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Information Security Primer

Atlanta, a nationally-recognized hub for information security (InfoSec) innovation, has seen a number of companies bloom and prosper in this sector over the last 15 years. But despite advances in threat detection and remediation, cyber security threats persist. From the Epsilon spear-phishing data breach, which came to light last April, to October’s malware attack on NASDAQ’s cloud-based communication tool, Director’s Desk; from the spear-phishing attack on RSA’s SecurID authentication system by an “unnamed nation state,” to the hacking of 1.5 million credit card records from Global Payments, 2011 was aptly named, “The Year of the Breach.”

[Click here for infographic on the worst data breaches in the last decade.]

According to Gartner, Inc., cybercrime is set to grow 10 percent per year through 2016 and the cost of even a moderate breach can be enormous. This is especially so if the cost of an investigation, data restoration, the replacement of compromised hardware, software and sometimes culpable personnel are taken into account. The impact can be even graver if the loss of reputation, shareholder value, and customers result from the breach. A serious breach can even destroy a business. With the stakes so high, it is no surprise that the infoSec market is predicted to be worth $10 billion by 2014.

Worldwide InfoSec Spend Infographic by CounterAttack. [Click on image to enlarge]

The most obvious targets for cybercrime are financial data: budgets, forecasts, banking information, company credit card numbers, bank accounts and payroll information. But there are other targets, too. Intellectual property, marketing plans, contact information, product specs, disaster recovery plans, data stored in POS systems or transmitted by credit card processing hardware, employee personal data, the contents of every email sent through mail servers, and, potentially the most damaging of all, customer data, are all viable targets for attackers.

Atlanta has had a long history of infoSec leadership. Former members of Internet Security Systems (ISS), which was founded in 1994, and was acquired by IBM in 2006, have launched many other companies in the infoSec field.  Damballa, Oversight Systems, Endgame Systems, SPI Dynamics (acquired by HP) and Reflex Systems are just some of the companies in Atlanta with ISS DNA. The founding partners at TechOperators, a leading venture capital firm whose focus includes early-stage infoSec start-ups, includes ISS alums Thomas Noonan and Glenn McGonnigle.

Glenn McGonnigle, general partner at TechOperators

“As the sector grows, talented engineers are starting their own companies, and they’re being very successful because they know the landscape of the industry. There’s nothing but upside for companies that understand where they sit in the space and have solutions that are new and innovative in areas that haven’t been well-addressed, or disrupt the status quo of the existing market space,” said Glenn McGonnigle, general partner at TechOperators.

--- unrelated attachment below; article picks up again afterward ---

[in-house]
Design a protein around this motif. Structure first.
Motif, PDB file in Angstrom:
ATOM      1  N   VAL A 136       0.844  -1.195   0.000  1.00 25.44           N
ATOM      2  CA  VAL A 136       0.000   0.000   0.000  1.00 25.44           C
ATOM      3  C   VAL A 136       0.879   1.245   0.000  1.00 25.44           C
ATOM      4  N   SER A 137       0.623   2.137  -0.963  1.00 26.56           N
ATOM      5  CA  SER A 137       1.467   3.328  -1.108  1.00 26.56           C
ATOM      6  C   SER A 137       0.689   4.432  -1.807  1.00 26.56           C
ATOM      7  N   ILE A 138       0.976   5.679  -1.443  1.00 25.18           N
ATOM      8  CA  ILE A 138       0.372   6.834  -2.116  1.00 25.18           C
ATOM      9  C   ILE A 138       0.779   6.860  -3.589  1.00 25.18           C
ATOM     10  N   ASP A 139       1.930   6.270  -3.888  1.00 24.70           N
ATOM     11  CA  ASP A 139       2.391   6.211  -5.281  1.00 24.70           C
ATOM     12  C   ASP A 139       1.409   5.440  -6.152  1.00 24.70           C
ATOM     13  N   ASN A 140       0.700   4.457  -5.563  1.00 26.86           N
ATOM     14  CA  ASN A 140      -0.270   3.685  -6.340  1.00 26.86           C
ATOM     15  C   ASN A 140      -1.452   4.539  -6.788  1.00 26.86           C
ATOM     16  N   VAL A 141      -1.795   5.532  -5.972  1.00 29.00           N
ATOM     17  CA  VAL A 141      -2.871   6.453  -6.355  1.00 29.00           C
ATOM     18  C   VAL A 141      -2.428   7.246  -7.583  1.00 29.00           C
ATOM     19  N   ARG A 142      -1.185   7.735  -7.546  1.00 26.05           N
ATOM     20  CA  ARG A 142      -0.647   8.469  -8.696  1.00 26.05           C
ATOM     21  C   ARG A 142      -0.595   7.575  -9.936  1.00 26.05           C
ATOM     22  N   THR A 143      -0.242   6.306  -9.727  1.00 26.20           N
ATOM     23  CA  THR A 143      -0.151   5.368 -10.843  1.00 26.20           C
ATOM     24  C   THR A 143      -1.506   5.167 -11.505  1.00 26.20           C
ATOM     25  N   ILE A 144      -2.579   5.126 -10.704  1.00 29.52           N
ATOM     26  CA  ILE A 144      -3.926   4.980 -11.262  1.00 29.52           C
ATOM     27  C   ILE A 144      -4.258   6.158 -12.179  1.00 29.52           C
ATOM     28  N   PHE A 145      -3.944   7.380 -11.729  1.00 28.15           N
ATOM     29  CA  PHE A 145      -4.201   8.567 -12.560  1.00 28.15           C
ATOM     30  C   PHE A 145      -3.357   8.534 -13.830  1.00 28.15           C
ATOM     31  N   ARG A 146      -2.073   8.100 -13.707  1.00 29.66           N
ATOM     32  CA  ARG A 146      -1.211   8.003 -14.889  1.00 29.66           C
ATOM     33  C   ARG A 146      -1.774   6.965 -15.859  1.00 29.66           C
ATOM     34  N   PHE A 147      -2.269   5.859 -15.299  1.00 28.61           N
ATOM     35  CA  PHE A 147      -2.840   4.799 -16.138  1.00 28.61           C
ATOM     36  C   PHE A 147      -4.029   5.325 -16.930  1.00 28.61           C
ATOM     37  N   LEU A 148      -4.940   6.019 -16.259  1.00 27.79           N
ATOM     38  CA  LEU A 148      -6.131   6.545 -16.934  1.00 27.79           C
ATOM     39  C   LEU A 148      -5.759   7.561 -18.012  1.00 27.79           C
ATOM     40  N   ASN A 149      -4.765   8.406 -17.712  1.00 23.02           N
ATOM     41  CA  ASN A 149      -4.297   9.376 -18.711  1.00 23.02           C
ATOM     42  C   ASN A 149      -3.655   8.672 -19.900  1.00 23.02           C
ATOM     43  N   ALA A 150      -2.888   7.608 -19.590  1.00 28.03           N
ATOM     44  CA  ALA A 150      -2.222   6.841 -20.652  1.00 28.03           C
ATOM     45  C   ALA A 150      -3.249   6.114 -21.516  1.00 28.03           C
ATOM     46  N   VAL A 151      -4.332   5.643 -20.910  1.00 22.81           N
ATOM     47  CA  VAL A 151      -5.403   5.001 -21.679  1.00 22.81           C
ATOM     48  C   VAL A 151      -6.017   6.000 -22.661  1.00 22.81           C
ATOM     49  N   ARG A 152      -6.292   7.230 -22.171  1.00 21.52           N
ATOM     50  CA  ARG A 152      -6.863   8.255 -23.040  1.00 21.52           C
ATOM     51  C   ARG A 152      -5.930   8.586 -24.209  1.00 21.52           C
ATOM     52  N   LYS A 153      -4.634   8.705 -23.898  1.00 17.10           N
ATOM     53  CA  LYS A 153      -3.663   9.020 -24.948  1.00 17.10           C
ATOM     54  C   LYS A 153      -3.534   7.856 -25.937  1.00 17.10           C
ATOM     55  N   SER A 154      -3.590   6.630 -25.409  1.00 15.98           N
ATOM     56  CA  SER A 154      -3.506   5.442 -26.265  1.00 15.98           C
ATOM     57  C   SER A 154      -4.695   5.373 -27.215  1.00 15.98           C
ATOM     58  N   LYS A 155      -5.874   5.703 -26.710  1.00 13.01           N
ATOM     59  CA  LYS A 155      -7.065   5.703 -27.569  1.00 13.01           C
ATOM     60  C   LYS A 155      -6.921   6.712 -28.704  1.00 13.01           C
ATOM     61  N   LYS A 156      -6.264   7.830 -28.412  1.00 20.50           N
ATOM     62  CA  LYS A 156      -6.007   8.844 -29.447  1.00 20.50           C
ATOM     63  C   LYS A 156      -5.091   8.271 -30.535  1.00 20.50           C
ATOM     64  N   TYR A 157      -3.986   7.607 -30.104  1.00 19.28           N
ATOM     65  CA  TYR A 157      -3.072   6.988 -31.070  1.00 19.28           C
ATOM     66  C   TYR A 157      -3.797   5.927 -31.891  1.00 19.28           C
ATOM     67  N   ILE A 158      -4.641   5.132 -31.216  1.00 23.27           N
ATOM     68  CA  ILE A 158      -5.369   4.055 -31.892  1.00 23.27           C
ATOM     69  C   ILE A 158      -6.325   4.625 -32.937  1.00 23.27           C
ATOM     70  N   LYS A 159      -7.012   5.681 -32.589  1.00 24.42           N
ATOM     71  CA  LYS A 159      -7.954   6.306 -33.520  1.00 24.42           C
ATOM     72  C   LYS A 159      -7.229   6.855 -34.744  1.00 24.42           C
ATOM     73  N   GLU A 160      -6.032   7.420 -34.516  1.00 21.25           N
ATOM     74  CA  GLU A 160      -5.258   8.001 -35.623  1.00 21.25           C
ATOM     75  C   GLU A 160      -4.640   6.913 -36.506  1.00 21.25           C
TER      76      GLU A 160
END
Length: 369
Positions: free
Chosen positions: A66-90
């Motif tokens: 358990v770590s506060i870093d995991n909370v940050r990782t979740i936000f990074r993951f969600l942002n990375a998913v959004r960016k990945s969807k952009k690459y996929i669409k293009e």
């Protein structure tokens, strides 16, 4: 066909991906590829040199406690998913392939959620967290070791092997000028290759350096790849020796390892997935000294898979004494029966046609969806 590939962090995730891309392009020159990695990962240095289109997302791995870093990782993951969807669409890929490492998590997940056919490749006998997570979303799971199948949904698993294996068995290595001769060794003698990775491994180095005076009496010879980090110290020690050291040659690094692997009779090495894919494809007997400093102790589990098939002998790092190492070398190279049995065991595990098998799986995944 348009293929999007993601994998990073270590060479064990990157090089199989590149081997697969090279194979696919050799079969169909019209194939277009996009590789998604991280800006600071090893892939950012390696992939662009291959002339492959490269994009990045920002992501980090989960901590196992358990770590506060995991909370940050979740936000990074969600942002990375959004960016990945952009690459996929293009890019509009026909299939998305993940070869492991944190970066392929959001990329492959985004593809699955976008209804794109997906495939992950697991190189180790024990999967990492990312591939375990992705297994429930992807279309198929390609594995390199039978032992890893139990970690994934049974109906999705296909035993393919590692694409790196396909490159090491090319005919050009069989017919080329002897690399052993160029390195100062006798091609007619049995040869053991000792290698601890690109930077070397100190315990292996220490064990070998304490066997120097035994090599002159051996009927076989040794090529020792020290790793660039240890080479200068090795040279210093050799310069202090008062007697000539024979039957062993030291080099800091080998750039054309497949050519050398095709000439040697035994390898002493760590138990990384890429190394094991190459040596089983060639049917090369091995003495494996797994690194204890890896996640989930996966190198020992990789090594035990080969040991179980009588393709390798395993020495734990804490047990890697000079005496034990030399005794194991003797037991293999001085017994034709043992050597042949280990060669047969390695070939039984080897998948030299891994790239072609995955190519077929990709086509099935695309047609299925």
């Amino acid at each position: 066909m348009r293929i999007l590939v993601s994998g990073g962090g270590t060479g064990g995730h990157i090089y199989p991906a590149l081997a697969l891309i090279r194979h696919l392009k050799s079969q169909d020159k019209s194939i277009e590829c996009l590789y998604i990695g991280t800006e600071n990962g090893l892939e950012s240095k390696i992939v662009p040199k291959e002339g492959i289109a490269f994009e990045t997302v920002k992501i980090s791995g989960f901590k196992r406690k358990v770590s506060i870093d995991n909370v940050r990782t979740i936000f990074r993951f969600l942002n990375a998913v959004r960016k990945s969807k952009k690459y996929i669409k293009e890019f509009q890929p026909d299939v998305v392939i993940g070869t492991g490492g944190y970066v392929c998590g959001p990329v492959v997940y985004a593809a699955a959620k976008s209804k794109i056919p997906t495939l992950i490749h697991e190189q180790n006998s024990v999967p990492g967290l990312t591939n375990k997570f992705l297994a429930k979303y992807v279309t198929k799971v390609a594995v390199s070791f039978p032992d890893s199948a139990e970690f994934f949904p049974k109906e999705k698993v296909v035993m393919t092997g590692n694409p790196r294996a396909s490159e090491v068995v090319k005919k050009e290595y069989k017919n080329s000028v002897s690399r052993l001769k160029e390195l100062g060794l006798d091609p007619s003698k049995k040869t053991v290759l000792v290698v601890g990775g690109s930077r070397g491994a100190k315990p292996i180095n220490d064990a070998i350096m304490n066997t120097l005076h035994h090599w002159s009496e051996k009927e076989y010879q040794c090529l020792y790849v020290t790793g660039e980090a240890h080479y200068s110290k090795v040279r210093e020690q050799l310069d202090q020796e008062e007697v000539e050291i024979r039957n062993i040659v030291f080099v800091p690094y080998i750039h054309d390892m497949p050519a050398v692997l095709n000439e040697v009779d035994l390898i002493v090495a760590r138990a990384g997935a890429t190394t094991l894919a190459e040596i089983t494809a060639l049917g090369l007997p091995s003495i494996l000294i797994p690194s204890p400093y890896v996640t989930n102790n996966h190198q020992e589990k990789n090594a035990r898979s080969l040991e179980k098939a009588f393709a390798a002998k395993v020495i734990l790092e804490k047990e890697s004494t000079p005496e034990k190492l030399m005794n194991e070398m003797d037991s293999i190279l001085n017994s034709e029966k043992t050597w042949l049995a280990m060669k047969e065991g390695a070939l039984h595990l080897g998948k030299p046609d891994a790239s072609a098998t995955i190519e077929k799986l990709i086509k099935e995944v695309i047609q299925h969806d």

In recent years, security technology has evolved from firewalls, virus protection, tokens, and implementing secure http to measures to reduce hacktivism, to provide secure platforms and environments for the Cloud, as well as solutions for corporations that are increasingly embracing ‘Bring Your Own Device’ (BYOD).  At the forefront of this fight against data theft are Atlanta companies Damballa, Pindrop Security, Social Fortress, Endgame Systems, and Reflex Security.  Endgame Systems, Damballa Inc., and Pindrop Security provide data security services. Social Fortress, an encryption solution, and Reflex Systems specializes in virtualization.

But attacks take place in both the virtual and physical world. A 2011 study by the Ponemon Institute reported that 637,000 notebook computers are lost in airports every year, and two-thirds are never recovered. Some of those laptops will contain information that could be personally or professionally damaging to individuals and corporations.

Conversely, many techniques allow cyber criminals to do their dirty work remotely. Phishing, keystroke logging and viral attacks with worms, Trojan horses, malware and spyware all take place in the virtual world and are as popular as ever. The damage inflicted by some of these methods may not always be immediately apparent but can be just as far-reaching as the theft of a data-rich physical device. In fact, studies indicate that data servers are still the primary target for cyber attacks.

According to the 2012 Verizon Data Breach Investigation Report (DBIR), 94 percent of successful attacks were to data servers, and despite the availability of counter-measures — 96 percent were reported as “not high difficulty” — 97 percent of the breaches could have been avoided by implementing simple or intermediate controls. Despite well-documented consequences and known solutions, attitudes toward protecting data assets are dangerously cavalier.

Perhaps the best defense in the fight against cybercrime isn’t just superior technology counter-measures. Adoption of strong data access policies and a well-trained and vigilant workforce are just as essential for a comprehensive defense against attacks.

The continued use of social networks by employees and consumers alike, increased access to the Internet and corporate networks by mobile devices and the rise of the remote worker present cybercriminals with even more points of attack. The infoSec sector is, in turn, presented with ever more opportunities to create value. And for Atlanta’s infoSec companies, the future couldn’t be brighter.

 

June 2012 Newsletter

 

 

 

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